Testing, Files and Record Keeping
Were it not for the considerable time taken to mark them, teachers would probably use tests more often to provide a detailed record of the progress, or lack of it, of their pupils. They could assess the effectiveness of particular teaching methods by carrying out a pre-test before teaching a topic and a post-test afterwards. Pupils who had experienced difficulty could have their problems analysed by taking a diagnostic test. This is all very well in theory, but the demands on a teacher’s time rarely allow such luxuries. It may, therefore, seem that the use of computer-administered tests could offer a means of at least attempting some of these ideas. It must be emphasised that in no way will the computer replace the conventional test: pupils must still be able to express themselves clearly and set out their work logically.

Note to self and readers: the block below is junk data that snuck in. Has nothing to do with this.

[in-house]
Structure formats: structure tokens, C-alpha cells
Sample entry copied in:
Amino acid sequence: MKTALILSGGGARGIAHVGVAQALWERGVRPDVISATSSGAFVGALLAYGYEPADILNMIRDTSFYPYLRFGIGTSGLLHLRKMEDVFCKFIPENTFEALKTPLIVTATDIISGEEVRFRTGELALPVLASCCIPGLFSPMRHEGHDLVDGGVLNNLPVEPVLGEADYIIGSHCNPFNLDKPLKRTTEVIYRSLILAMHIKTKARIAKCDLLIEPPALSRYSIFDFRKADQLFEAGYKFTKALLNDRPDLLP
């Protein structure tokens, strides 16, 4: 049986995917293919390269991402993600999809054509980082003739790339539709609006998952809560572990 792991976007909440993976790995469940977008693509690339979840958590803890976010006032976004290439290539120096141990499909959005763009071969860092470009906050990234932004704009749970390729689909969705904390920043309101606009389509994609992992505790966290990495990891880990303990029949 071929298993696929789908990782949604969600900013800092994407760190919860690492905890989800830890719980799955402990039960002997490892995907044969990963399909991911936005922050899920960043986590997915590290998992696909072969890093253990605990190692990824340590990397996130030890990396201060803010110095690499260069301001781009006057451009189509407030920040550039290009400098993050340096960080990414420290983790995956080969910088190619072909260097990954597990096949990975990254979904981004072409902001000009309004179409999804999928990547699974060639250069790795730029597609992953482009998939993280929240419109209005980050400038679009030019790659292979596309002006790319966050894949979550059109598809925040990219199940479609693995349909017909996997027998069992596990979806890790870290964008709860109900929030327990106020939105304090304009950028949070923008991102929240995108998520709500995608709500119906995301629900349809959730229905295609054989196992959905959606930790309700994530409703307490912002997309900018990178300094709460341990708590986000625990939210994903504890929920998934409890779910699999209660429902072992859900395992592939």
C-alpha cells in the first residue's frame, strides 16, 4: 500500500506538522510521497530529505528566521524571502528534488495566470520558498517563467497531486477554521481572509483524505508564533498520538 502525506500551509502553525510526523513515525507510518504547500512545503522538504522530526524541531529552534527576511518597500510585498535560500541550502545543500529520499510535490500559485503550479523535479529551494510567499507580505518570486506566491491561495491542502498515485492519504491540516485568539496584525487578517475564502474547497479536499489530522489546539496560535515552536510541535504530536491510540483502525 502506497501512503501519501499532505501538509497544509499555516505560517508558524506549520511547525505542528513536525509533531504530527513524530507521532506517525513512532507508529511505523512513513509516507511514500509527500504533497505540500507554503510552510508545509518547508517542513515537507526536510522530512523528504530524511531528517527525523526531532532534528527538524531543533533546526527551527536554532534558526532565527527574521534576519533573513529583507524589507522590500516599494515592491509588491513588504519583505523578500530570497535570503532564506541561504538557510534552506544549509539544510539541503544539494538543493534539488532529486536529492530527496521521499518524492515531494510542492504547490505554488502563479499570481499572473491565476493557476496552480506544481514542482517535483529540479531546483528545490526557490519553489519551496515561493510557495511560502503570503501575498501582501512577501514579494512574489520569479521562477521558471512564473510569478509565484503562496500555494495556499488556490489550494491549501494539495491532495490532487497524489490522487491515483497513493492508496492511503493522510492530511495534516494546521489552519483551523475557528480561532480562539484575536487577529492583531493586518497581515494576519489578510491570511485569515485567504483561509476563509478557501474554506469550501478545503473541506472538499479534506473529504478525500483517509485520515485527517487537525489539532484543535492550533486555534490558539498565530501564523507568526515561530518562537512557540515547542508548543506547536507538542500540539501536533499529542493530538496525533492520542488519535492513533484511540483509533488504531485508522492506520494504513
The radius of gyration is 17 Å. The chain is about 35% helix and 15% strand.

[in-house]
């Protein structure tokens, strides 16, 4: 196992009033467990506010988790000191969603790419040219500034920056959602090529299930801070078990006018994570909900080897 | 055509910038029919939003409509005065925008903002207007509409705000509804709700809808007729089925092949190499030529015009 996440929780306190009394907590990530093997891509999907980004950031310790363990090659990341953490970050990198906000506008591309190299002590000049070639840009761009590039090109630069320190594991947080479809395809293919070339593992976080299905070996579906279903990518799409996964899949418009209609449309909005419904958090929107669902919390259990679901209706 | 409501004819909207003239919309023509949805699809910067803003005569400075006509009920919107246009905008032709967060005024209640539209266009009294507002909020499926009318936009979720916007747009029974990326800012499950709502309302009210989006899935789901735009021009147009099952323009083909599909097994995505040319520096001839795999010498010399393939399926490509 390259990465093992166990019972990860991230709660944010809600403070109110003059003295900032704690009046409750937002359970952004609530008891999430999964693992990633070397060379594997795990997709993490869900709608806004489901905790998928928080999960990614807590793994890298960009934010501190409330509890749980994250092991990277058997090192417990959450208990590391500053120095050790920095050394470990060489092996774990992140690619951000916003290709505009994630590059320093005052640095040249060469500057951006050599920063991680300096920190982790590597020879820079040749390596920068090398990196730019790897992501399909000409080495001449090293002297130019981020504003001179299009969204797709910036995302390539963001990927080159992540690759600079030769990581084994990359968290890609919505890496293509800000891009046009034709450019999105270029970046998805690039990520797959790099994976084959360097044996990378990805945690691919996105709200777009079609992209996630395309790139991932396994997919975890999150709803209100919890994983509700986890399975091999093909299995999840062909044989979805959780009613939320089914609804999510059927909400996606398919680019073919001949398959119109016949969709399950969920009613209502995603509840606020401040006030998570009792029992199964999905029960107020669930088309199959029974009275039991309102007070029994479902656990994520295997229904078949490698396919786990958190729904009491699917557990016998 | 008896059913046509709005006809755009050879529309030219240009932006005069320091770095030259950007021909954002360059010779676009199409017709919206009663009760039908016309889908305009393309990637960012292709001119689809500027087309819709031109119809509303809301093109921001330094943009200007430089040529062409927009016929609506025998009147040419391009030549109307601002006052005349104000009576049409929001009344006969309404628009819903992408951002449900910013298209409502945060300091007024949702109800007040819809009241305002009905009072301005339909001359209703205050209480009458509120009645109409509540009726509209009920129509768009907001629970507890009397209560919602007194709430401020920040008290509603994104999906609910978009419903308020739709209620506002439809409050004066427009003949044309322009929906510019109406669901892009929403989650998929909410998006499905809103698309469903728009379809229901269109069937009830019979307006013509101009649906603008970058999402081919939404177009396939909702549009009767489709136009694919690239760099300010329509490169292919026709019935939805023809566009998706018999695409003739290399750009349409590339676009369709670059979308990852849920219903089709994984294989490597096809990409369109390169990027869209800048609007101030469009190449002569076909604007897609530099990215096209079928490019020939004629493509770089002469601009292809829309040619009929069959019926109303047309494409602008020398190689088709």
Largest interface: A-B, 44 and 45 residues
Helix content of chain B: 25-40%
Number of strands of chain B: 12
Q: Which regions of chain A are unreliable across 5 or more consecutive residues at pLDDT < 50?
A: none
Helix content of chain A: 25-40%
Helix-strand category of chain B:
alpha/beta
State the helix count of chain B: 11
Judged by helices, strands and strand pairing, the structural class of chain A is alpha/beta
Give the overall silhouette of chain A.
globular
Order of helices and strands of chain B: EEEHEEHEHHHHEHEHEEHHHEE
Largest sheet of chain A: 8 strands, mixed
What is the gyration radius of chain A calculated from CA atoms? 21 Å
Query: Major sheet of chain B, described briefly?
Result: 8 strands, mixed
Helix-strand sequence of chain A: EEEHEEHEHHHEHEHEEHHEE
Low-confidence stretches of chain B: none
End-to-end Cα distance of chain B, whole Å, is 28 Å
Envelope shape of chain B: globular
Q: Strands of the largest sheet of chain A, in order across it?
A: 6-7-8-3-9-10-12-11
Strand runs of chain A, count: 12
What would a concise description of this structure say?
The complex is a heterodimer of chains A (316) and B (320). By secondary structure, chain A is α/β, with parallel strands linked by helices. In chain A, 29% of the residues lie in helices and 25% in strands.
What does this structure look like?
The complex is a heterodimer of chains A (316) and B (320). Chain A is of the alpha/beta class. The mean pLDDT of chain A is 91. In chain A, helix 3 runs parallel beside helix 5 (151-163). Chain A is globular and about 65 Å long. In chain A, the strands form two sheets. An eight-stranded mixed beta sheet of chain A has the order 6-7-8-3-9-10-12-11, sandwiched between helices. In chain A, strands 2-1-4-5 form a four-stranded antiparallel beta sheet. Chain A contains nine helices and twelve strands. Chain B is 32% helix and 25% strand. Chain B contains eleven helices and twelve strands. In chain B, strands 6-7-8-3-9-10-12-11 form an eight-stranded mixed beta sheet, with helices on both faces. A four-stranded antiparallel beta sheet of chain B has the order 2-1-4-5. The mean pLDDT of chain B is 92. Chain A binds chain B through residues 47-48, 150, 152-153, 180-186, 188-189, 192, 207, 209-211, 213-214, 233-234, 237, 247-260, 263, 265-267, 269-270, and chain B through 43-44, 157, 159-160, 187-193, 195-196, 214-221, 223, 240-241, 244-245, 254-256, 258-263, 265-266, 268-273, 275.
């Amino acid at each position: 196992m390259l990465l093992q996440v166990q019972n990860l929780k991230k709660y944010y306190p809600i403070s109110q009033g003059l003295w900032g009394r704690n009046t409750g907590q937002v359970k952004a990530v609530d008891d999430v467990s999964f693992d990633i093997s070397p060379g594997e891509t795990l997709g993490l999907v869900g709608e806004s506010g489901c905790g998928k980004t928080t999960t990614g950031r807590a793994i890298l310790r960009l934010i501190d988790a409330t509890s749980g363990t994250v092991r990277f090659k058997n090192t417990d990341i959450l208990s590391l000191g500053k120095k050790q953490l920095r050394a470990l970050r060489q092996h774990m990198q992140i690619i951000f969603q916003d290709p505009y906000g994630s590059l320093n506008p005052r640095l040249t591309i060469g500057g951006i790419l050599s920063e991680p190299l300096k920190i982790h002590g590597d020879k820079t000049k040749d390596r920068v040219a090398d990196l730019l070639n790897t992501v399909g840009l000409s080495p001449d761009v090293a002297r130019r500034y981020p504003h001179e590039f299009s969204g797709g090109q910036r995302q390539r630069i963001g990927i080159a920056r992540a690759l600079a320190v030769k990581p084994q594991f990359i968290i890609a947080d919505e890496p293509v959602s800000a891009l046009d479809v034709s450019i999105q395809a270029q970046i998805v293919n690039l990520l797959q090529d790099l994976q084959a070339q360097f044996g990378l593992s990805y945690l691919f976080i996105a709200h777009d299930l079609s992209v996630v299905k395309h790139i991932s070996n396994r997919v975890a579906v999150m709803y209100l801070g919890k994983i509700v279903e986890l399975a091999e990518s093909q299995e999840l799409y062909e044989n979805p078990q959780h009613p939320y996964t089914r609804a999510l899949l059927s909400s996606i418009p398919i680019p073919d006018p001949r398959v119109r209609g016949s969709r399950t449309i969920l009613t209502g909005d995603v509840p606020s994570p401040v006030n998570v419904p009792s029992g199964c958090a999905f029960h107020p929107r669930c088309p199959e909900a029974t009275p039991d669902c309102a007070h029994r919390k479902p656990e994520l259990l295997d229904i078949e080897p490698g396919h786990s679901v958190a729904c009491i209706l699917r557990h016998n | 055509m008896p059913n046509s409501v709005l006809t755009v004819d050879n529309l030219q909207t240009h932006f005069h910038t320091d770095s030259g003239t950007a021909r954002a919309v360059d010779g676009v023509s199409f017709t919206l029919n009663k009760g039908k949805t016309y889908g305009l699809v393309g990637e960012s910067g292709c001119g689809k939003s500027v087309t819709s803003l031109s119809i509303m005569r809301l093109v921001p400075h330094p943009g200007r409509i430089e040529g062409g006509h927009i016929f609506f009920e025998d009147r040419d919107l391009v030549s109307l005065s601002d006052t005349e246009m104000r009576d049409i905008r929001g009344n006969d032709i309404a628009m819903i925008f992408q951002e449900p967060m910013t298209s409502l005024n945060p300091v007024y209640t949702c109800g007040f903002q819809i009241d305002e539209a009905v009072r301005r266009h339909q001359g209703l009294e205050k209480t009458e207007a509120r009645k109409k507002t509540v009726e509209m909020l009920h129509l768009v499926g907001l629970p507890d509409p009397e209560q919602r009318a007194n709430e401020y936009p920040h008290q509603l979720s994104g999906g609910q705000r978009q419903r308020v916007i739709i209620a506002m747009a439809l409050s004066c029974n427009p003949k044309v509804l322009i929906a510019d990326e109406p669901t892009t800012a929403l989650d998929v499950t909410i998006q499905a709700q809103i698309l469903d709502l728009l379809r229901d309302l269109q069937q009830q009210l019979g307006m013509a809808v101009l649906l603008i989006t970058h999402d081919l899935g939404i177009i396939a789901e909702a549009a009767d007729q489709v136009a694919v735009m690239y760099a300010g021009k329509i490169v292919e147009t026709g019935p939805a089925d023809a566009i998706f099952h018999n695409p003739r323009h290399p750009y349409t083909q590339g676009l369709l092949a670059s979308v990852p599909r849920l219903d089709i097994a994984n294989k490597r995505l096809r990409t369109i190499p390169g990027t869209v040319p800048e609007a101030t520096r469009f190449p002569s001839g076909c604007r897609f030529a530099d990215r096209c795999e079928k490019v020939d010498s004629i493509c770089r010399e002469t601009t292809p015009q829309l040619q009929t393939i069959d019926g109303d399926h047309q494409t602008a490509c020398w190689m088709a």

Unable to display preview. Download preview PDF.